There are too many parents these days trying to make things happen on behalf of their children. That isn’t necessarily a bad thing to a certain extent, but when it comes to making decisions about college, it’s best for the parents to stay out of it. Coaches get emails, highlight videos, and letters every day. They don’t want to deal with an overbearing parent telling them how their child is the greatest thing since sliced bread. They would much rather recruit athletes who can think for themselves and who aren’t afraid to make the initial contact on their own.
This is exactly how I ended up at Northwest Missouri State. One day during my senior year, I heard that somebody I knew who played the same position had signed with a team in the MIAA conference. That bothered me, because I felt that I was a better player than he was. So I went and did some research on the conference and ended up writing personalized, handwritten letters to roughly half of the head coaches in the MIAA whose universities I was interested in playing baseball for.
Shortly thereafter, I received a response from assistant coaches at two of the universities, both of whom included an invite to come visit and workout in front of the respective coaching staffs. Which brings me to my next point…
Go Be Seen
Unless you’re a high-profile athlete who is being recruited by the likes of bigtime programs like KU basketball, coaches probably aren’t going to come to you. Which means you have to go to them to prove you’re worthy of a spot on their team.
There are several ways to accomplish this:
- Summer camps held by most universities for prep athletes
- Pros: direct access to schools and coaches you’re interested in, ability to showcase yourself in an in-game setting
- Cons: large number of individuals present makes it harder to stand out
- Individual showcases that take place during your sport’s offseason months
- Pros: multiple schools often present leading to greater levels of exposure, if you test well during drills or showcase other skills being looked for, coaches will at the very least follow up with you
- Cons: limited amount of time dedicated to each individual, individual drills don’t always showcase strengths the same way an actual competition would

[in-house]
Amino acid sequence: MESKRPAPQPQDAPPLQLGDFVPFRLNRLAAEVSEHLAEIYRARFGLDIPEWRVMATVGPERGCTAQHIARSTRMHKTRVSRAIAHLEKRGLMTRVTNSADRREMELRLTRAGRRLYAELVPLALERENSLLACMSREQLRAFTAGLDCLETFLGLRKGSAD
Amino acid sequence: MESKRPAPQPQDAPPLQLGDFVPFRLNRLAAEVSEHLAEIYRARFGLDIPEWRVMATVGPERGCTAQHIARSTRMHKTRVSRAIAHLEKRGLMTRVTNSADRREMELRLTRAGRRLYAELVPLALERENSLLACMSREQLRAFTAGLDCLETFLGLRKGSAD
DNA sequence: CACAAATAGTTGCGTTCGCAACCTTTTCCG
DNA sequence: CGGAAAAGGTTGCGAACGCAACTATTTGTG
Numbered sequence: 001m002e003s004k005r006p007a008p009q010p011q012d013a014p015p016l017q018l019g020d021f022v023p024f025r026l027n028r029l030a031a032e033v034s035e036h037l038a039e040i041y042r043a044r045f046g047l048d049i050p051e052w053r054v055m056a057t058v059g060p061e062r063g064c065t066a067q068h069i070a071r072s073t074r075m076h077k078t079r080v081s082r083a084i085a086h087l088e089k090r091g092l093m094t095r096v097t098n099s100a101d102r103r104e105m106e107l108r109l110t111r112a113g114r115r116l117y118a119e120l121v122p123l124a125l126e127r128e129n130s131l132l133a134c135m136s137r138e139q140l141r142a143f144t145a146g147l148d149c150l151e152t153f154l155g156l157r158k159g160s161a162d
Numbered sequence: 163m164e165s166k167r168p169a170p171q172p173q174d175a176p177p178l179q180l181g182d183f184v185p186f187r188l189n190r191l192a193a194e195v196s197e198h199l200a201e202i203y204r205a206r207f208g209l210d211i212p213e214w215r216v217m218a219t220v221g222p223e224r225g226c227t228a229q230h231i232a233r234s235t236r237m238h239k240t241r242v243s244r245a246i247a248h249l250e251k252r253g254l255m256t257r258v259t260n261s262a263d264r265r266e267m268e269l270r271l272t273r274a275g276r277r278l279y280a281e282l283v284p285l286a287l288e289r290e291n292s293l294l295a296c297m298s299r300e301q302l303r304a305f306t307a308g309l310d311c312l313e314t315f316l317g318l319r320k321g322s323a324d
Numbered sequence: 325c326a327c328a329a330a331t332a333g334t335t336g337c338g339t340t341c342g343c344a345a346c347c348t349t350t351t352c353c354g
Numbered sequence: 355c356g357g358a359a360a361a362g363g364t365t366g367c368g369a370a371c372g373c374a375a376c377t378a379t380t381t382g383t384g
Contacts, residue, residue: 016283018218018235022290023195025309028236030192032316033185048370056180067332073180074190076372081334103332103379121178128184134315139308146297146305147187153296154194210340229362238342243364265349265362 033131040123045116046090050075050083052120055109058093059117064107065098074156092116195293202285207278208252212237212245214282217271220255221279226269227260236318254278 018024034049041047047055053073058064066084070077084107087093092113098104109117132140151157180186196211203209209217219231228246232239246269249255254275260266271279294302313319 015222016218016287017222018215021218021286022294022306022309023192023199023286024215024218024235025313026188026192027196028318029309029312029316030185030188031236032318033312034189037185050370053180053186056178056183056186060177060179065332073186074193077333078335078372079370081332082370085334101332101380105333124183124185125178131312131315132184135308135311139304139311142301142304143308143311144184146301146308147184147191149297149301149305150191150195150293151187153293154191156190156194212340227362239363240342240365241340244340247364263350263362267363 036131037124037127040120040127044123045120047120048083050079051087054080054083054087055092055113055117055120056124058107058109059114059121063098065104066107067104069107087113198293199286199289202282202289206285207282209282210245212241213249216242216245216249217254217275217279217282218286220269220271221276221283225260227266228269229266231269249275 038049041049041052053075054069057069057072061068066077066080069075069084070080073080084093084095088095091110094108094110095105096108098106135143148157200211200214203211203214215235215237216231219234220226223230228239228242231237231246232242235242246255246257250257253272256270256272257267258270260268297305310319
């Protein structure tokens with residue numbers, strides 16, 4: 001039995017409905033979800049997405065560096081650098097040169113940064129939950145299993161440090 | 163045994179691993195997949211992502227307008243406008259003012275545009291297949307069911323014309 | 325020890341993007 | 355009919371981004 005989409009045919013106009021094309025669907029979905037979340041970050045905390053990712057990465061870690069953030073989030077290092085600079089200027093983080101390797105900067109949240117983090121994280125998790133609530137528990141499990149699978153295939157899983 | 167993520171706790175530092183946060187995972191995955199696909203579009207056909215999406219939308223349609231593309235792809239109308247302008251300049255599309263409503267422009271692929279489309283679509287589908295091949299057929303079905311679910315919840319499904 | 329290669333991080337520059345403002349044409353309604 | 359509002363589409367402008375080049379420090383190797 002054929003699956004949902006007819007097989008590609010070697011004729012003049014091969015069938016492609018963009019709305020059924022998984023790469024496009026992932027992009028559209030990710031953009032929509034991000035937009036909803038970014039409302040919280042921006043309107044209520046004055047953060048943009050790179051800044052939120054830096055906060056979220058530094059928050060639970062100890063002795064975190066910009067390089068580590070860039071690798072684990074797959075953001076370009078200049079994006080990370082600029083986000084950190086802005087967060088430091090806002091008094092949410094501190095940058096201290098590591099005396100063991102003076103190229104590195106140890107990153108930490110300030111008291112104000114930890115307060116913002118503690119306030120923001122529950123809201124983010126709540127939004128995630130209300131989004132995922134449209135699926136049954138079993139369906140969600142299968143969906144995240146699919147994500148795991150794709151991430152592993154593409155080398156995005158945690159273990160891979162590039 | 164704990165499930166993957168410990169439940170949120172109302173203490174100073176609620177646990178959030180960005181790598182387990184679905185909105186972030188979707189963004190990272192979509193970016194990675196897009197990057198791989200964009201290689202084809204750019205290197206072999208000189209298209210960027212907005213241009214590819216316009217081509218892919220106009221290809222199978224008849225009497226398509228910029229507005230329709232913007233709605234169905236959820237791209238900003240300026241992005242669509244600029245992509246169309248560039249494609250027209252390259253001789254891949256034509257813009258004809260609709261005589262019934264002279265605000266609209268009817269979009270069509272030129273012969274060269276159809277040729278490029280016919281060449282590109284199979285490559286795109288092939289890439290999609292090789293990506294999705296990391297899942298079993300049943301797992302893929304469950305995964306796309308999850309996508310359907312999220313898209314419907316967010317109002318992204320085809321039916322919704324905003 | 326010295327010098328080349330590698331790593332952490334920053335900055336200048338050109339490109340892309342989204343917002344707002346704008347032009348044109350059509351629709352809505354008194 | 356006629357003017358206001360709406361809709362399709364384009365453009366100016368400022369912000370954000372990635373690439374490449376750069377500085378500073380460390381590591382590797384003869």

- Travel teams
- Pros: likely to get in front of even more eyes than at individual showcases, playing against better competition translates well to increased performance against typical school opponents
- Cons: very expensive and time-consuming
There’s no right or wrong answer here with regards to which one(s) will work best for you as everybody’s situation is a different. I utilized all three to varying levels of success.
The one camp I went to was for KU baseball, and it was in late October, several weeks after my fall season had ended. Unfortunately, in those few weeks I didn’t keep up with baseball activities, so by the time the camp came around my timing at the plate was off and I wasn’t throwing very well due to the time off from playing catch.
As far as individual showcases, I got absolutely nothing out of those despite trying time and time again. For those of you that have seen me in person, I’m not particularly tall, fast, or athletic, to be quite honest. Therefore, I didn’t test well by the standards of a baseball showcase. So while I was a good game manager from the catcher position with a high baseball IQ, this wasn’t the best format for me to put my skills on display.
When it comes to travel teams, I would highly recommend giving it a shot – at least for one season. But not for the reason you might think. No, my mailbox wasn’t flooded with letters from college coaches after the summer I played for the KC Sluggers, but you know what I got out of that experience? The ability to play against some of the best traveling baseball teams from all across the country. We played teams from Texas, Florida, Georgia, Virginia, and various other teams from around the Midwest. That alone made me better and more confident that I could compete with the big boys once I returned home and started playing against Sunflower League again.
Use Athletic Recruitment Services
If you’ve tried everything listed above and would either prefer to have additional guidance or for whatever reason things don’t seem to be working out for you, don’t worry – there are plenty of companies out there that specialize in helping high school athletes get in touch with universities and assist them throughout the course of the recruiting process.
This was a burgeoning industry when I was in high school but I can’t really speak from experience. I’ve had clients who have utilized these companies with great success. If this is something you would be interested in pursuing, be sure to do your research and look at the company’s track record for placing past clientele. One thing to note however, is that these services tend to be expensive. As with anything, you’ll get what you pay for.
I hope you’ll learn from my mistakes and that this helps your recruiting process be more productive and less stressful than mine. As always, feel free to let me know if you have any questions or comments.